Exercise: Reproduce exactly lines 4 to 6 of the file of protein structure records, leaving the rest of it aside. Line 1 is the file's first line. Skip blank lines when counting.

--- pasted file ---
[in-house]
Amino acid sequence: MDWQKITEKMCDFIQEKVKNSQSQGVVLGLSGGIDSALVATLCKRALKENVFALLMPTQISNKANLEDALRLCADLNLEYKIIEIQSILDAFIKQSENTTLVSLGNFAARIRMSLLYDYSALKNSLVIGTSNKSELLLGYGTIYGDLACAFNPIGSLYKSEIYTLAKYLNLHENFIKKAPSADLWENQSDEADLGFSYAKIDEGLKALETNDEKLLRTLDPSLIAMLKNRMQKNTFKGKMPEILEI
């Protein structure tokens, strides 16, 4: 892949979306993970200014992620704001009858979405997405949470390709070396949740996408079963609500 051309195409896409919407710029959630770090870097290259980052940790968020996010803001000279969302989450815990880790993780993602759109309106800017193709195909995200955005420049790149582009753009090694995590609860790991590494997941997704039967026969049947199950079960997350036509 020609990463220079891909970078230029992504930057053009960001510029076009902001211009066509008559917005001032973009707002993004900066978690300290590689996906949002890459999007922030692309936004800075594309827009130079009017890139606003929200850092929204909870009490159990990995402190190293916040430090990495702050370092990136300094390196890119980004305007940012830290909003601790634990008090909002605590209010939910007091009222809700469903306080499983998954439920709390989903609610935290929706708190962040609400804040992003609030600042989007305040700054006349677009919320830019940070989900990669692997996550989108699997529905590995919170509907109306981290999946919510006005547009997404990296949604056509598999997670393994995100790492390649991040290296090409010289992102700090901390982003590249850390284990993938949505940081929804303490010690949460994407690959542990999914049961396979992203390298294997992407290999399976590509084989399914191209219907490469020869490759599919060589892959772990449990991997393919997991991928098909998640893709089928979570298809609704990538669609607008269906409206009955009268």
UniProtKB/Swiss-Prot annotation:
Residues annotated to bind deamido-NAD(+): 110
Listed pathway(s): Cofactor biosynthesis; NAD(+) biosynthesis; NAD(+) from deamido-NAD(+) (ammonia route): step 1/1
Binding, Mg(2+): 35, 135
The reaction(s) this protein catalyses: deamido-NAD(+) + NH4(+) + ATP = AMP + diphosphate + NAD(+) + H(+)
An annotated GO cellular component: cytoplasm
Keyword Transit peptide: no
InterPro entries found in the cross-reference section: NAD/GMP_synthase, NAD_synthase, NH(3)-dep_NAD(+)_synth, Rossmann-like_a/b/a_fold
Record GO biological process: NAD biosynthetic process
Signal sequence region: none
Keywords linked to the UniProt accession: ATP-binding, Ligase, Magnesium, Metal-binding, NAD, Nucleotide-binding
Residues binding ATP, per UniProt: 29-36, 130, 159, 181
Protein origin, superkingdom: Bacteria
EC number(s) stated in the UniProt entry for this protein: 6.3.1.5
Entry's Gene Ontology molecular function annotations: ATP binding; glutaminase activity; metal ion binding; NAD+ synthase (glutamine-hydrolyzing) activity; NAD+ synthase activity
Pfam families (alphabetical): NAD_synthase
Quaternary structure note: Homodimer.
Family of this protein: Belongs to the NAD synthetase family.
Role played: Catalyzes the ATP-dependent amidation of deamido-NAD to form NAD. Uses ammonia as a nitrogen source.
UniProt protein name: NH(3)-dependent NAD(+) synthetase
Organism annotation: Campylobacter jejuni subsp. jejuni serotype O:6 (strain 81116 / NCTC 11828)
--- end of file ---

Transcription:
UniProtKB/Swiss-Prot annotation:
Residues annotated to bind deamido-NAD(+): 110
Listed pathway(s): Cofactor biosynthesis; NAD(+) biosynthesis; NAD(+) from deamido-NAD(+) (ammonia route): step 1/1